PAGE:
• New collection accounts 
    • Credit limit increases 
    • Changes to public records

    By staying alert and vigilant, you can minimize the potential impact of a credit breach. You will know immediately if anyone access your credit or uses your SSN to try to obtain credit from anywhere in the world. The good news is, if caught immediately, the out-of-pocket expense and time spent resolving problems are drastically reduced. This important benefit is included with the comprehensive suite of benefits available to the Platinum Member.

    How does the Full Restoration Services feature work?
    One phone call from you, to our emergency 24/7 ID Theft Assist Action Center triggers our step-by-step attack on identity theft. In the event you become a victim of identity theft, one toll-free phone call, from anywhere in the world, will put a team of specialist to work - taking immediate action to notify your various creditors, the major credit agencies and government agencies. A team of advocates, assigned to your case, will perform the following on your behalf: 

    • Provide participant with a uniform ID Theft Affidavit, answer any questions and submit affidavit to the proper authorities, credit bureaus and creditors
    • Obtain list of creditors and contact them with itemized fraudulent account statements for each fraudulent occurrence 
    • Report fraudulent activity to the local authorities 
    • Notify fraud department of participant’s creditors 
    • Notify all three major credit reporting agencies of identity theft 
    • Assist participant in placing a “fraud alert” on his/her credit report 
    • Report the identity theft to the Federal Trade Commission 
    • Provide the participant with a helpful ID Theft Emergency Response Kit 
    • Translate whenever necessary, such as when a caller is overseas and needs communication assistance 
    • Provide emergency cash advance when theft occurs away from home 
    • Draft a victim impact letter 
    • Determine best legal or other action to take against creditors or how to work with credit bureaus when necessary 
    • Give advice for ancillary problems caused by identity theft

    Is the Platinum Protection cost effective?
    You protect your house, your car, and your health. Would you pay the same amount to protect your identity? For a lot less than any of those costs – you can protect your most valuable asset – your identity. As an example, at a cost equivalent to just slightly above ten dollars a month, our 36 month Platinum Membership is not only affordable, but provides the assurance that you are protected from the fasted growing crime in America today.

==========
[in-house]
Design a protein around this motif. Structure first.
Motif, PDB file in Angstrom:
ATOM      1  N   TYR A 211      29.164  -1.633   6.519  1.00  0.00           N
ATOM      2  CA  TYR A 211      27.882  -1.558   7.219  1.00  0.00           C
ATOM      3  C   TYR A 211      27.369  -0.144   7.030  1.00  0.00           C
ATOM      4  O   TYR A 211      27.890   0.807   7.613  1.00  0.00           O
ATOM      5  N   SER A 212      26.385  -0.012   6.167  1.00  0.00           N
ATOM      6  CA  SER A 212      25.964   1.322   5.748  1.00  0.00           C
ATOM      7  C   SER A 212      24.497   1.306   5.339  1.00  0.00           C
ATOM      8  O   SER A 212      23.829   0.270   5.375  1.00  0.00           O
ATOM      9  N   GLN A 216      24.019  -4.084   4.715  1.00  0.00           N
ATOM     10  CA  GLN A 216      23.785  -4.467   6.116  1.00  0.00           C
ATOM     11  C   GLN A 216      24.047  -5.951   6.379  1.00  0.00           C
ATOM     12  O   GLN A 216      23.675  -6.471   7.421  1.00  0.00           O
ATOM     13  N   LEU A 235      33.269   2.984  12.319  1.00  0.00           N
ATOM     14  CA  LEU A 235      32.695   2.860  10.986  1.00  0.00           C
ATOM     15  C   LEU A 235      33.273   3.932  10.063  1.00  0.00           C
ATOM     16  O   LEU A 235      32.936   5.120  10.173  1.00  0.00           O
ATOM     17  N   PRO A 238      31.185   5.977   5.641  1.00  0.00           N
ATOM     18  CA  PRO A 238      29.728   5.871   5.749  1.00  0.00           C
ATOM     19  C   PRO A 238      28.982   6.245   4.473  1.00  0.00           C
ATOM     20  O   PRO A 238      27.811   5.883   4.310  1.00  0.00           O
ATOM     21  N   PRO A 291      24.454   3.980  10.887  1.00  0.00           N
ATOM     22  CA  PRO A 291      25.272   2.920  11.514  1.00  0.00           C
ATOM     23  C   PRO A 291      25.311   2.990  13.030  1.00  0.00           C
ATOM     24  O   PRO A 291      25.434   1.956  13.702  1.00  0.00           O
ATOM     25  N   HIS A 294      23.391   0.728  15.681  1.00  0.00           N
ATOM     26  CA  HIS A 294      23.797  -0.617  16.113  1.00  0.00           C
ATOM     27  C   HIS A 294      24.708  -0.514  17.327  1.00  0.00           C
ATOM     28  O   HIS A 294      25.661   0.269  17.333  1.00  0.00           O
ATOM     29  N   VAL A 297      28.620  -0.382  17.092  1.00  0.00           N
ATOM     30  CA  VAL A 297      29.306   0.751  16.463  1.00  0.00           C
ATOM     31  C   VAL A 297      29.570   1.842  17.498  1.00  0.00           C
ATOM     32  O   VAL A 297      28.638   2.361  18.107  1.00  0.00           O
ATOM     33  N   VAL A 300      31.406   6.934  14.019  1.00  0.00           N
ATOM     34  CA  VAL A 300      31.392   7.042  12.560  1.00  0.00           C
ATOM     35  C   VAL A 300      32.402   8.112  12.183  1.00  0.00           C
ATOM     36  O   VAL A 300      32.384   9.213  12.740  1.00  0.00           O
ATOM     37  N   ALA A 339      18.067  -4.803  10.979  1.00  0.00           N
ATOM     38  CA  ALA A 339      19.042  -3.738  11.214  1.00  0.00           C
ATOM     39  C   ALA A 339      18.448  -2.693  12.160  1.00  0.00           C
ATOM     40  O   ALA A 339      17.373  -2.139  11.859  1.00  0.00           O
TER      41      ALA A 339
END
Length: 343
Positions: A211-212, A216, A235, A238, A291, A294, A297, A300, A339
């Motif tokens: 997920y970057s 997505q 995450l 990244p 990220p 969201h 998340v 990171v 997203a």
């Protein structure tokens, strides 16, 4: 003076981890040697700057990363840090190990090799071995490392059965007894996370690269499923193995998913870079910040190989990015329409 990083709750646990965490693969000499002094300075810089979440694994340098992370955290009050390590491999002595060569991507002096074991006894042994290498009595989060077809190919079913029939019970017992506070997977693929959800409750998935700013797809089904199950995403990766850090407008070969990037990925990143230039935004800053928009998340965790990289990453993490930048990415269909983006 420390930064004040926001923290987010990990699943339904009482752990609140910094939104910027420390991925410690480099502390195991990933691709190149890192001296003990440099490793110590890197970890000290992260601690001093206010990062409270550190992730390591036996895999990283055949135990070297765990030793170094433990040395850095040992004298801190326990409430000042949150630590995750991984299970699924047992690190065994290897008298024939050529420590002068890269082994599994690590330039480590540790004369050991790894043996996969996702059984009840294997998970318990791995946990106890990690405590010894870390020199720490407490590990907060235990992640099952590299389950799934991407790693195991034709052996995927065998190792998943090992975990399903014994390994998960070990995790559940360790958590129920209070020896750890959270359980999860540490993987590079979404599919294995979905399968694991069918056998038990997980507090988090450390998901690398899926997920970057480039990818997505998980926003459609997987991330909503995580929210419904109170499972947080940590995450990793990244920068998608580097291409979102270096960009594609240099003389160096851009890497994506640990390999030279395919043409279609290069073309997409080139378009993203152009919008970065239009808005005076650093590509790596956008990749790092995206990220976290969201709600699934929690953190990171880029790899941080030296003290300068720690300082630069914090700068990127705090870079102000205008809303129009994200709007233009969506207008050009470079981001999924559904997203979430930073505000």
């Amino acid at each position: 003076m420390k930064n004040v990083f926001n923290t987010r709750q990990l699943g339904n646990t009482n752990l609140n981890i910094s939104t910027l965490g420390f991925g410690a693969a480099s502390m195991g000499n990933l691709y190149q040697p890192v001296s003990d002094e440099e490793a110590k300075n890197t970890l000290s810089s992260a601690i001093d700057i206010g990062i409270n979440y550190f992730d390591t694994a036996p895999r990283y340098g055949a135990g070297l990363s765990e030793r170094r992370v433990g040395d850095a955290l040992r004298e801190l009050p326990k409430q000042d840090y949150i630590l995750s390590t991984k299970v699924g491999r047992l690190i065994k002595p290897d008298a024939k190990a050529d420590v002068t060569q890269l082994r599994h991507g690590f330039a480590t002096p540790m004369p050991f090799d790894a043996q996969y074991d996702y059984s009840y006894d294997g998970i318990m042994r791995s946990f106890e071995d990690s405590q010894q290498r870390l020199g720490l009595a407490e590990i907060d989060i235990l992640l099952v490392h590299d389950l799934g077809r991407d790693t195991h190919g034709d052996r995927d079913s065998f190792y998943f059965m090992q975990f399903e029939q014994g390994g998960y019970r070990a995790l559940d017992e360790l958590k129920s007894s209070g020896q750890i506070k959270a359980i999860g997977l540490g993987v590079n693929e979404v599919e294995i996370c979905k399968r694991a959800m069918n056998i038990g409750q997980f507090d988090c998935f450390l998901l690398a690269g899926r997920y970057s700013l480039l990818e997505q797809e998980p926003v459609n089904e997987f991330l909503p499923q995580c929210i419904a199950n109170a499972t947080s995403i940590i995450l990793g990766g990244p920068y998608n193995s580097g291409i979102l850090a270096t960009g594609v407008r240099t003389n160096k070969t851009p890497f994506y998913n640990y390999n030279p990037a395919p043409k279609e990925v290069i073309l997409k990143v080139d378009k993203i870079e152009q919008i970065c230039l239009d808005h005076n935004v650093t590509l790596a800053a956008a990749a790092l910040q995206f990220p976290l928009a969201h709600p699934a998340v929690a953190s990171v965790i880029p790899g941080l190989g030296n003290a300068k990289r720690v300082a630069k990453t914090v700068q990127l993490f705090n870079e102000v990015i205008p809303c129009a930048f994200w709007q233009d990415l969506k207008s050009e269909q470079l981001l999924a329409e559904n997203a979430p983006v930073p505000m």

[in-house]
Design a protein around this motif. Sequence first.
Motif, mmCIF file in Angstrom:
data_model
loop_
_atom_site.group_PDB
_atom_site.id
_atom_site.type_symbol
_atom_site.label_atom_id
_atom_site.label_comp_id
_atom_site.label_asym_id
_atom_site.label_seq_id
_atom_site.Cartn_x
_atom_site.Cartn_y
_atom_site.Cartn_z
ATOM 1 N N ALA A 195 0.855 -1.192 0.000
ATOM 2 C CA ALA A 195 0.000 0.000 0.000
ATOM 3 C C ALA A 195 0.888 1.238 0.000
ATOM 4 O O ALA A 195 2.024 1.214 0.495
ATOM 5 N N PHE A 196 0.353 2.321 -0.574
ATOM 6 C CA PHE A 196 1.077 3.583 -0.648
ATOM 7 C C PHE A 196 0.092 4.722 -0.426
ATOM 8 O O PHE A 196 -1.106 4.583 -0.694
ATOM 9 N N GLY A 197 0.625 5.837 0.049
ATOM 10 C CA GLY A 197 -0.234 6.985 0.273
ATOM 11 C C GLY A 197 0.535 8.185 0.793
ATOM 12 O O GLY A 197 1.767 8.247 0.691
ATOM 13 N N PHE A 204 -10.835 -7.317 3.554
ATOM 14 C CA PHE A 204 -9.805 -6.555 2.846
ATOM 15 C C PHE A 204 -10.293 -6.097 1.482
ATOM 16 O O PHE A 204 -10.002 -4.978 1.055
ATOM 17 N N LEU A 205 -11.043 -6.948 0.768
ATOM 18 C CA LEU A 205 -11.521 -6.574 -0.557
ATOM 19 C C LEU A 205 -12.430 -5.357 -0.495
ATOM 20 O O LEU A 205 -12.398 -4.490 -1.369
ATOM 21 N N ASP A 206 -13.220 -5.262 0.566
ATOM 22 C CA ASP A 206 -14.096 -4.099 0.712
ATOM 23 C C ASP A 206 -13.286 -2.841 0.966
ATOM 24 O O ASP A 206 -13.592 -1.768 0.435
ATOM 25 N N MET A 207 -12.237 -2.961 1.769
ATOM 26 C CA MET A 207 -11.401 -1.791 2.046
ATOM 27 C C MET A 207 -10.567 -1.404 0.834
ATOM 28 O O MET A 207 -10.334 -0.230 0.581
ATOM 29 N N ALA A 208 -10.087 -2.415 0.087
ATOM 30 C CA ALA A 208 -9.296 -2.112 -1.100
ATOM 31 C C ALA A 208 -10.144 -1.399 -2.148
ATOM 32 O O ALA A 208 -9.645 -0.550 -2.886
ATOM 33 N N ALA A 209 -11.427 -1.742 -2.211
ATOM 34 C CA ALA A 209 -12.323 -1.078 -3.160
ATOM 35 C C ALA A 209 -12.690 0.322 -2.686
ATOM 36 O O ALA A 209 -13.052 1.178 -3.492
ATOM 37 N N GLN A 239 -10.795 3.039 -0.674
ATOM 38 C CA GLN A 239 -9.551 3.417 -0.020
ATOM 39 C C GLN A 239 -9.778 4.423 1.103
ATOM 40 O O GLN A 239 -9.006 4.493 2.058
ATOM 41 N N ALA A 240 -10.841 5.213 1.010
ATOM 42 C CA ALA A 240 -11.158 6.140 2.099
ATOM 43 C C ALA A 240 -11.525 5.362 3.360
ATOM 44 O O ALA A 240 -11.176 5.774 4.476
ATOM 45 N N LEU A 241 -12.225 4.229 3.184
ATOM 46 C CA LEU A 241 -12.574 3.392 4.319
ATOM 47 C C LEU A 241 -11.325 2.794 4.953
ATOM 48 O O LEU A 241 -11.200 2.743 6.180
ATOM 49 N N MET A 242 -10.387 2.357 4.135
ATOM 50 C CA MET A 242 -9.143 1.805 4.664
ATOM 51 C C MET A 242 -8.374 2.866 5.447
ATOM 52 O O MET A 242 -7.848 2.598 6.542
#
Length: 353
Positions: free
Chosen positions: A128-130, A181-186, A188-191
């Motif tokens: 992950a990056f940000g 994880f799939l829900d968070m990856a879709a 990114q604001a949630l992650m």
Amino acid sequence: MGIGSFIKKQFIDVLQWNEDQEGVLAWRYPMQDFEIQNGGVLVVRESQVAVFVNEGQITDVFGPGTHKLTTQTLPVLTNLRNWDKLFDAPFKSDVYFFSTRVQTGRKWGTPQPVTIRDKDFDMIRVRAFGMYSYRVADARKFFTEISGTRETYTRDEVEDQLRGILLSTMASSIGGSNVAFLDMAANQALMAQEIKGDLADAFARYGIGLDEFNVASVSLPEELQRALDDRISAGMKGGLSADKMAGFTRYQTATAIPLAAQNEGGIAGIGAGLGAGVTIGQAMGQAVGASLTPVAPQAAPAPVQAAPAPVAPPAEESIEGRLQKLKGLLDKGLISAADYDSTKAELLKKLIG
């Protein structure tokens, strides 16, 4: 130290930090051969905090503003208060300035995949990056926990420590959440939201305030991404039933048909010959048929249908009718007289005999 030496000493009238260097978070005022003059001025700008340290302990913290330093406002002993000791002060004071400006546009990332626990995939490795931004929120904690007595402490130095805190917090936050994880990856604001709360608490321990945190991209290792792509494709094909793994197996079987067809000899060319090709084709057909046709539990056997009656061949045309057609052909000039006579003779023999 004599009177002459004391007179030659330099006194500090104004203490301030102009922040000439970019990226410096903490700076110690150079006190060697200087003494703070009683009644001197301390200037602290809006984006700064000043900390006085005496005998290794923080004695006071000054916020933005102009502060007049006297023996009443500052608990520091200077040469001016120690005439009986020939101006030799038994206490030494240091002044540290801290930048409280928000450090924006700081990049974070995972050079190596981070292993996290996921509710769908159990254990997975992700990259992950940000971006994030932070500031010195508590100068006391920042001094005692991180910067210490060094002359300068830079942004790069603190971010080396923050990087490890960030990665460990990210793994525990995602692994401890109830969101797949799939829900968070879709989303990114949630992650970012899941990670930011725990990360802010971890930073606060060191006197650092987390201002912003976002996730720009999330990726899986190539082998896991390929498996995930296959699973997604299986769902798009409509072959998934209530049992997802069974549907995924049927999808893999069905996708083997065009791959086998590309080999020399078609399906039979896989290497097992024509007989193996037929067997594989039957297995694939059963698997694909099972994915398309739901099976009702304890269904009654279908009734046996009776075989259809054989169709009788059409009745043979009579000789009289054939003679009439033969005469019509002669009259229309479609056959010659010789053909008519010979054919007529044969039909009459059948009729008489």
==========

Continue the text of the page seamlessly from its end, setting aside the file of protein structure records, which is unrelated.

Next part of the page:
What if I already have identity theft insurance? Why do I need SOLUS?
    Did you read the terms of your protection offered by the other institutions? They may include credit monitoring as a costly add-on. They probably don’t come close on the Restoration Services and Expense Re-imbursement Coverage provided with our Membership. What we have found is that these other plans offer pieces of our protection but typically don’t come close to providing the complete suite of services that our Membership provides. The decision is yours – we hope for the best but encourage you to plan for the worst.

    Are there any laws that specifically prohibit identity theft?
    Yes. In 1998, Congress passed the Identity Theft and Assumption Deterrence Act (18 U.S.C. 1028). The Act makes the use of another person's identification with the intent to commit any crime a federal felony. Federal agencies including the U.S. Secret Service, the FBI, and the U.S. Postal Inspection Service investigate suspected violations of the Act. The U.S. Department of Justice handles prosecutions.

    Federal law enforcement agencies usually do not investigate individual cases unless the dollar amount is high, or the victim is one of many people victimized by the same perpetrator or fraud ring.

    Additionally, many states have passed or are considering laws related to identity theft. Even if your state does not have a law specifically called an identity theft law, the issue is likely covered under other state laws.

    Enroll By Phone: Call 800-640-0468
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    Media & Downloads
     SOLUS Why & How:  Podcast
     Dave Glover on SOLUS:  Commercial
    PDFs: Prevention Tips
      How Thieves Steal An Identity
      Identity Protection = Life Protection